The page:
Sean Baker has managed to capture the true innocence and sheer joy of being a child
A film at its absolute sun shining, and glorious best, The Florida Project is an absolute marvel as it looks into the difficulties single mothers on low incomes experience, as well as the duty of care that comes with creating homes for young children, through the eyes of life loving and naive children.
Bobby (Willem Dafoe) manages The Magic Castle Motel, a bright purple building located in the centre of Florida. Whilst tracking down tenants for rent, he is often followed by young Moonee and Scooty, as they play around the motel’s grounds. Causing as much trouble as possible, the pair’s mothers are either working or don’t care enough to control their children, something Bobby takes up as a forced responsibility.
The quality is led by the relationships Bobby builds with Moonee and her mother Halley, as they continuously bicker and about the rules set out at the magic kingdom. These relationships help to mask the underlying issues that become more apparent as the characters reach harder times. It is the strength of Bobby as both a human and a manager that radiates from the film’s more intimate moment, and Willem Dafoe plays the role so brilliantly.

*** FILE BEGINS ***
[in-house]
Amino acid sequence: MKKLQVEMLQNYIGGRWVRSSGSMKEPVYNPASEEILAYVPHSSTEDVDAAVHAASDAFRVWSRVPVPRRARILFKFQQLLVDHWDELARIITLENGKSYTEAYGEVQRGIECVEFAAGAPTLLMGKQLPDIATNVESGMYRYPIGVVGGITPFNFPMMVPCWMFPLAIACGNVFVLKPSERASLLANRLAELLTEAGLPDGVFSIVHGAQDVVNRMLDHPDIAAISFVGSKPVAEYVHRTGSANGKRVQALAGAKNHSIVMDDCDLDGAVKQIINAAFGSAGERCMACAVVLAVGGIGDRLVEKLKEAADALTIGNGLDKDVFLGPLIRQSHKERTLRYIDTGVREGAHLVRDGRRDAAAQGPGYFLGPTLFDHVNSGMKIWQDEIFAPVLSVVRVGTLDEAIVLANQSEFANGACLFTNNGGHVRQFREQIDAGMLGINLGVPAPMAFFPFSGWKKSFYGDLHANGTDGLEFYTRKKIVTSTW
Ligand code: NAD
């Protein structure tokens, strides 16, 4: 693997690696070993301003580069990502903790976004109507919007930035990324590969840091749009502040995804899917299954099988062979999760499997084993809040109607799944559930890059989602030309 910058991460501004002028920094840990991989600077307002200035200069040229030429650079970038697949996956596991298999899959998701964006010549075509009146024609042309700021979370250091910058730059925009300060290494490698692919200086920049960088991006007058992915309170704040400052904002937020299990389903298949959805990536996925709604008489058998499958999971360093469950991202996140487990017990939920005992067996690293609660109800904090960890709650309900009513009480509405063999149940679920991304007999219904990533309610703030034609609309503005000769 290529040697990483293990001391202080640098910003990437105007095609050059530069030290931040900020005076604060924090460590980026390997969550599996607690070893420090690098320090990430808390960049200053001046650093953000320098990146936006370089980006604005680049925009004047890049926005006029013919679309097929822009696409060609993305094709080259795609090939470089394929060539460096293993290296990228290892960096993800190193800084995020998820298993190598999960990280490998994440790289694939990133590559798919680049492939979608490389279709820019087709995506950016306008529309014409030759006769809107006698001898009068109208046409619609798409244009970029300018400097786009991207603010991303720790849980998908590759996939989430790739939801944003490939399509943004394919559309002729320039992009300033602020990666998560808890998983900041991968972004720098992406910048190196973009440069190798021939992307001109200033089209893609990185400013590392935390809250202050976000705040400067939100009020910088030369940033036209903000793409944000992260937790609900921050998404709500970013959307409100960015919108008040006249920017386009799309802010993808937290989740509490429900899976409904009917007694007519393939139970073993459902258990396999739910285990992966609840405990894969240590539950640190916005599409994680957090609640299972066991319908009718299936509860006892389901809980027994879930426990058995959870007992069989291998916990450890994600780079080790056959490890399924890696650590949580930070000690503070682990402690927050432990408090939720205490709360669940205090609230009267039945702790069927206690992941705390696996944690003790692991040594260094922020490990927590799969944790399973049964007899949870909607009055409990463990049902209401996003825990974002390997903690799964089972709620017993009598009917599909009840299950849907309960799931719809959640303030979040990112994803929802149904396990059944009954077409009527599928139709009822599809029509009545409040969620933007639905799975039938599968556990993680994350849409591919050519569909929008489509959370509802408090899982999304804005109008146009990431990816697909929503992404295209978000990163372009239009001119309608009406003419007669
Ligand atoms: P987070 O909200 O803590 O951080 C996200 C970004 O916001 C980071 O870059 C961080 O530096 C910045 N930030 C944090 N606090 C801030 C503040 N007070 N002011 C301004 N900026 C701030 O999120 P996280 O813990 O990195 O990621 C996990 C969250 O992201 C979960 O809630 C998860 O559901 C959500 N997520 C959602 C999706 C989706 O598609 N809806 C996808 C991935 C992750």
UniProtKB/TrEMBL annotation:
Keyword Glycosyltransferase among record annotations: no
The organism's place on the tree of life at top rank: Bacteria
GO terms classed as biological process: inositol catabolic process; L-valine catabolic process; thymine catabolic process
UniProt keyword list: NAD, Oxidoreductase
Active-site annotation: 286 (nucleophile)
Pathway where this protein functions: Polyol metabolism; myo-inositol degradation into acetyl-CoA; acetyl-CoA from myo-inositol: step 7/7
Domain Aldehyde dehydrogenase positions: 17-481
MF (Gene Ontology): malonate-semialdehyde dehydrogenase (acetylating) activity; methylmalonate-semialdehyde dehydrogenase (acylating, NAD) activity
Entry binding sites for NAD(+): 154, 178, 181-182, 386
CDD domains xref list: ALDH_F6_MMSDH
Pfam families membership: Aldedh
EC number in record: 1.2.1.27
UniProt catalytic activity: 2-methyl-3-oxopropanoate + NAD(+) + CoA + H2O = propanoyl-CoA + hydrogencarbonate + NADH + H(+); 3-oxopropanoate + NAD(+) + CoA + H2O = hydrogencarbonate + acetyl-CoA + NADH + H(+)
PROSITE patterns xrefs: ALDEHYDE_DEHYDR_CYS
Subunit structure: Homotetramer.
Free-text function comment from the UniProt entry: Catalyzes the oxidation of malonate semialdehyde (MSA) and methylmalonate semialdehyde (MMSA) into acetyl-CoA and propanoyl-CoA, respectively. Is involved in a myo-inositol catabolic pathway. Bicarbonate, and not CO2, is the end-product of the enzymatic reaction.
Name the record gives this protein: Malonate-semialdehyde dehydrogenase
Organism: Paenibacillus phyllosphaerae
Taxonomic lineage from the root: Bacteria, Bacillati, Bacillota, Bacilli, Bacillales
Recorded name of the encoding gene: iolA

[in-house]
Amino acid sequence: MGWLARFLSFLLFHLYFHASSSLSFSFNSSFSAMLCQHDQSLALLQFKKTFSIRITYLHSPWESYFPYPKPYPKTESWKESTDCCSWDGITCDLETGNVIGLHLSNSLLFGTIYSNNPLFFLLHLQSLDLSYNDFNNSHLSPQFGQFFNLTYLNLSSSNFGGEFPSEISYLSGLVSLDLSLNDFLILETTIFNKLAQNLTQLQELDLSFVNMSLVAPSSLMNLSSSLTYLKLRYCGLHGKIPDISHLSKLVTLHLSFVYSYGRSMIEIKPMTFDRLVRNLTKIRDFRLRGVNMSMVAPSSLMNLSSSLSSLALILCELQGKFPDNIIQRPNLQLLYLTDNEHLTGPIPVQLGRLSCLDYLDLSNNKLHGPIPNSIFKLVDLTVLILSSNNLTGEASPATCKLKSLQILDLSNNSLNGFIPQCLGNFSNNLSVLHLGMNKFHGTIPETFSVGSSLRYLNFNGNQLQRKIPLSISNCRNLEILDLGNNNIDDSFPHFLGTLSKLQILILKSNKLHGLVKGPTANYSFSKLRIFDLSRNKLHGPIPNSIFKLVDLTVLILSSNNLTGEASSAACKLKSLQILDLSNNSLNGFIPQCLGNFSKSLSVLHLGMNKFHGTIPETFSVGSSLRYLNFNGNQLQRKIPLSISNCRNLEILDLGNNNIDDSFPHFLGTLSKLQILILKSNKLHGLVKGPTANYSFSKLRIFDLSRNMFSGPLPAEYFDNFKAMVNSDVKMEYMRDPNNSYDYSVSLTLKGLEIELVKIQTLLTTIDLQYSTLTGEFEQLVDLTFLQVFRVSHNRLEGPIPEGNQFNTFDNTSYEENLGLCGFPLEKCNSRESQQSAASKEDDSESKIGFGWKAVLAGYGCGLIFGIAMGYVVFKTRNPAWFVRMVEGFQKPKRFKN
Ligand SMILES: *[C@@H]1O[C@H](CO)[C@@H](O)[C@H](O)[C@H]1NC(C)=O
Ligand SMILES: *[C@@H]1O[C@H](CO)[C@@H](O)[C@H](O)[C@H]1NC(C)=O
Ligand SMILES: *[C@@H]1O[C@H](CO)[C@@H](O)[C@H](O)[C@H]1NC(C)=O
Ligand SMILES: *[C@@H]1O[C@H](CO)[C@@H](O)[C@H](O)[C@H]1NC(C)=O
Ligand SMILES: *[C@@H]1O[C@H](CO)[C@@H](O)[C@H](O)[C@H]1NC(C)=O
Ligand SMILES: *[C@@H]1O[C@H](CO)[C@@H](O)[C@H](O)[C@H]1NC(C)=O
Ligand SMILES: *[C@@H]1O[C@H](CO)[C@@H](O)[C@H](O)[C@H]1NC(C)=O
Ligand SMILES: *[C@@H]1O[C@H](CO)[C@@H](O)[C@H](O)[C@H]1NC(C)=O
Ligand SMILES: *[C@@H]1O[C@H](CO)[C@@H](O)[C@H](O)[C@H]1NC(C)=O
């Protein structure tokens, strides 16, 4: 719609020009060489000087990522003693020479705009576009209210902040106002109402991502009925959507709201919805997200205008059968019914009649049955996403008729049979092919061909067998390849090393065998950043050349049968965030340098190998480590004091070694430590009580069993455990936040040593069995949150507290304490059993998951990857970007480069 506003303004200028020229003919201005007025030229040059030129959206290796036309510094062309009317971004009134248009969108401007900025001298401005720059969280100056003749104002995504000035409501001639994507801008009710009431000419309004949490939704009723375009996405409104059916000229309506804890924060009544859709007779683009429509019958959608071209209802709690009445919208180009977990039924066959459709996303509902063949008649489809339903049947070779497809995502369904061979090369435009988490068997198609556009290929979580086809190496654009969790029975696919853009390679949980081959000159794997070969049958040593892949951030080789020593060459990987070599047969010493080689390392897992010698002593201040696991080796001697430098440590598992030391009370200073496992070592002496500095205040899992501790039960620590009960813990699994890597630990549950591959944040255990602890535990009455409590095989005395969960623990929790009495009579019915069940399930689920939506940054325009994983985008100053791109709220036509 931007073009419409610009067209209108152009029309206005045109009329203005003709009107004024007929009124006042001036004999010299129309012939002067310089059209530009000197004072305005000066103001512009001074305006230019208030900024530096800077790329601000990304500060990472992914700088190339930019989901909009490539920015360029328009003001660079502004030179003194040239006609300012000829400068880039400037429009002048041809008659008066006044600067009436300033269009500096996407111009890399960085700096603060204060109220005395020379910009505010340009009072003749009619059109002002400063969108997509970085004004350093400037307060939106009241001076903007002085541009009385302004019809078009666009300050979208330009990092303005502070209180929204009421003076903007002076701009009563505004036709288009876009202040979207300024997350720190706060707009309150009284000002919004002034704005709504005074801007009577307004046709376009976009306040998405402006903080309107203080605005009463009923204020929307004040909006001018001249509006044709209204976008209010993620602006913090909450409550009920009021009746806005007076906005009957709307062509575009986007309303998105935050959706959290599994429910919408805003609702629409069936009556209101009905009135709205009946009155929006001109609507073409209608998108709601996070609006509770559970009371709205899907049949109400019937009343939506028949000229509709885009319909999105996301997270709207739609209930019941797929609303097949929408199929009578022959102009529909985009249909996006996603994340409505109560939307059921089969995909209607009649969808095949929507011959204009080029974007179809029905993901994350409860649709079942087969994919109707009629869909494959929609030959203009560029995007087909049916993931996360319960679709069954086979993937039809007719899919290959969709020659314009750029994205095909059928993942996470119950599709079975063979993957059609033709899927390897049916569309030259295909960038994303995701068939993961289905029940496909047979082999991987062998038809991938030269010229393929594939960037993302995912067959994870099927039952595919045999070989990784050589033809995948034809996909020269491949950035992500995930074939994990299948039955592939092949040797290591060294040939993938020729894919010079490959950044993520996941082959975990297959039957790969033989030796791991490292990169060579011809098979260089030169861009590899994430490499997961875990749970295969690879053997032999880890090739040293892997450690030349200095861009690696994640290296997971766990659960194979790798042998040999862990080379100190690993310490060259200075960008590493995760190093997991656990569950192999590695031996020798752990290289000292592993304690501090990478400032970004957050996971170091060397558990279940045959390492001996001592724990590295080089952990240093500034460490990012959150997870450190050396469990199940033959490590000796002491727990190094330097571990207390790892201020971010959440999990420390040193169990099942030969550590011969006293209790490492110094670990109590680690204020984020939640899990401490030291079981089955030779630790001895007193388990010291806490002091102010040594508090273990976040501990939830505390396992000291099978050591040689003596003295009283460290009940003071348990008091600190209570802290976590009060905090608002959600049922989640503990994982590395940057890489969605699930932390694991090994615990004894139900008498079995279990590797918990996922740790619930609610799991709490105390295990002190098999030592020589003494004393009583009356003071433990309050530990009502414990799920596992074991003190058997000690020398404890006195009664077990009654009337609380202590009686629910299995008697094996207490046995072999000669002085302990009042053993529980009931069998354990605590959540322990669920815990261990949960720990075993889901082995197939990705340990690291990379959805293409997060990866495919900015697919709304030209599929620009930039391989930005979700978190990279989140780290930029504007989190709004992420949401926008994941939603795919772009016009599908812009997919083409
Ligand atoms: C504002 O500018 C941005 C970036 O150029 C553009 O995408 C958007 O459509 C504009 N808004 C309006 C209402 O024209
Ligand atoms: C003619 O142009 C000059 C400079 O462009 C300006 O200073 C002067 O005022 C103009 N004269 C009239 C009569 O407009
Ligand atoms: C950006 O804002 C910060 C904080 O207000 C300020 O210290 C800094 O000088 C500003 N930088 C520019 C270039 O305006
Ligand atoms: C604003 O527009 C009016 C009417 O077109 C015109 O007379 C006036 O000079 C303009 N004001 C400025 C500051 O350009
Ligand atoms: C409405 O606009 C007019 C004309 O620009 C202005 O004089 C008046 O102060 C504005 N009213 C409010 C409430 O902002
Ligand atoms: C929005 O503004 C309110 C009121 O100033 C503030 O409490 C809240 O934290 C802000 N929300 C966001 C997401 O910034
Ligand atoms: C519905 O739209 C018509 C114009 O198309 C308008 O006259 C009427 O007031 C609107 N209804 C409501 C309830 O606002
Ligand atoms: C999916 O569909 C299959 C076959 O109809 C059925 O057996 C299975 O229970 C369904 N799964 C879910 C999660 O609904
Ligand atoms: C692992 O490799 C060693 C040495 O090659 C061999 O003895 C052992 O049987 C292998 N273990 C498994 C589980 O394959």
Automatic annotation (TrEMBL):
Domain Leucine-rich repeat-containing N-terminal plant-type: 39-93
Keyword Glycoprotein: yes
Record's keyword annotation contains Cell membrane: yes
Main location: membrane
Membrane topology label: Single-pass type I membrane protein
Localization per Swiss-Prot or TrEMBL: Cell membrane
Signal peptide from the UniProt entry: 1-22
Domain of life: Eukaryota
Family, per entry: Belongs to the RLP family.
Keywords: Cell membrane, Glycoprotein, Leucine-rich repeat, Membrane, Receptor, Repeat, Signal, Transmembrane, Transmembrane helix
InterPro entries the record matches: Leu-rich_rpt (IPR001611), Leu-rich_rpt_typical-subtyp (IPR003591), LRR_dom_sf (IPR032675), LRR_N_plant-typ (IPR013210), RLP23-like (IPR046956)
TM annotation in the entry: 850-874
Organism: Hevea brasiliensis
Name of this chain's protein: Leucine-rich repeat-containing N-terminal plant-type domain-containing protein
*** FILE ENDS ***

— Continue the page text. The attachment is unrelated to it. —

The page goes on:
Yet this goes for the children as well, where director Sean Baker has managed to capture the true innocence and sheer joy of being a child, in an engaging and realistic manner. Following the children around as they entertain themselves genuinely feels real, and Baker deserves huge credit for capturing this on film.
The Florida Project is an emotional rollercoaster that explores multiple themes from approachable and fascinating angles. It is a real highlight of the release calendar with a wonderful cast and a uniquely vibrant storyline.